ROME – A total of 85 days after they first went on strike, workers at Rome’s famous Cinecitta Studios on Friday agreed to go back to work -- at least temporarily.
Around 200 workers at Cinecitta walked off the job July 4 to protest against owners’ €175 million ($228 million) plan to upgrade the studios with a luxury hotel, large parking area, new office space, and a day spa, based on fears that the 75-year-old studios would evolve into a kind of film museum rather than working film studios. They say they want assurances their jobs won’t be eliminated.
Studio owners say the plans will make Cinecitta a more attractive destination for international projects. But they are reportedly unwilling to guarantee anyone’s job going forward.
Since the strike began, workers have camped out in front of the studios adorned with a banner reading “Cinecitta Okkupata” -- a play on the “Occupy Wall Street” movement. The workers have earned some high-level allies in revered auteurs Ettore Scola and Oscar-winner Bernardo Bertolucci, who have launched a petition to oppose any plan to deemphasize the film side of operations.
The fate of the upgrade plan and workers’ demands have not been solved, but workers have agreed to go back to work after project agreements were signed with U.S.-based digital post-production company Deluxe, which announced its own set of layoffs in August, and with Panalight, and Italian cinema and television technical support company that operates in Rome, Milan, and in Romania. It is not immediately clear what film project the work deals are connected to, if any.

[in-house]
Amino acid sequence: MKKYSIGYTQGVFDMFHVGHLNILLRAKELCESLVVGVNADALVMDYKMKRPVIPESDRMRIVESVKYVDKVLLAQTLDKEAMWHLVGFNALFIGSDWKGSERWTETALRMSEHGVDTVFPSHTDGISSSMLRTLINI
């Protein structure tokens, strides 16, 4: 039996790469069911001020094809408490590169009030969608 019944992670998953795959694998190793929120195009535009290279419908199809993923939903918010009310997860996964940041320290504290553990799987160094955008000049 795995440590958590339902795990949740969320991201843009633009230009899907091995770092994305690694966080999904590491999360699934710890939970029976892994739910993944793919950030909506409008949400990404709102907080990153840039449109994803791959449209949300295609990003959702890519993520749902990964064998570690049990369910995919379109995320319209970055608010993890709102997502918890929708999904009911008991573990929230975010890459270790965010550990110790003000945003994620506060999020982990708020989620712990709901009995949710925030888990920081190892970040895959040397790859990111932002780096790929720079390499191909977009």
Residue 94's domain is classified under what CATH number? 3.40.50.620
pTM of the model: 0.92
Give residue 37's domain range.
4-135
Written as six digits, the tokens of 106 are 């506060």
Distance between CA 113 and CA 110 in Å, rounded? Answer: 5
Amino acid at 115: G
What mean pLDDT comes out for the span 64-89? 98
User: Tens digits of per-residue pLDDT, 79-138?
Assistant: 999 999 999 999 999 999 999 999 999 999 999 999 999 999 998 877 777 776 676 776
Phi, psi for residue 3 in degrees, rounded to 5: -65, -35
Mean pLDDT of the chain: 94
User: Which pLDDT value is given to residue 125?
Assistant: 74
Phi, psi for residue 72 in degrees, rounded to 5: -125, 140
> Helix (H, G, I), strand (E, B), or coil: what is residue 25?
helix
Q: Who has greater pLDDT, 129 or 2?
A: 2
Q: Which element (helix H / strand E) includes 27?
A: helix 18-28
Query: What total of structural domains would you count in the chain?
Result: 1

Officially, Friday’s end to the strike is a “suspension,” meaning it could start again once the work with Deluxe and Panalight is completed. But workers, who marched in the area Thursday after the close of talks aimed at resolving the crisis with the Ministry of Culture, said they are hoping the deals will be a catalyst for a breakthrough in talks that will allow them to stay on the job.
The fate of Cinecitta is an emotional one in Italy. The studios have been part of the production of scores of classic films, ranging from William Wyler’s Ben-Hur and La Dolce Vita from Federico Fellini to Martin Scorsese’s Gangs of New York and the HBO series Rome.
The studios are a source of pride for many in Italy, and, at 75, they are also the oldest studios in Europe, harkening back to the days when Rome was known as "Hollywood on the Tiber" and was a chic destination spot for the brightest stars in the film word. But Cinecitta has struggled with rising costs and increased competition from the globalization of the film industry, and the number of projects produced from the studios has trailed off dramatically in recent years.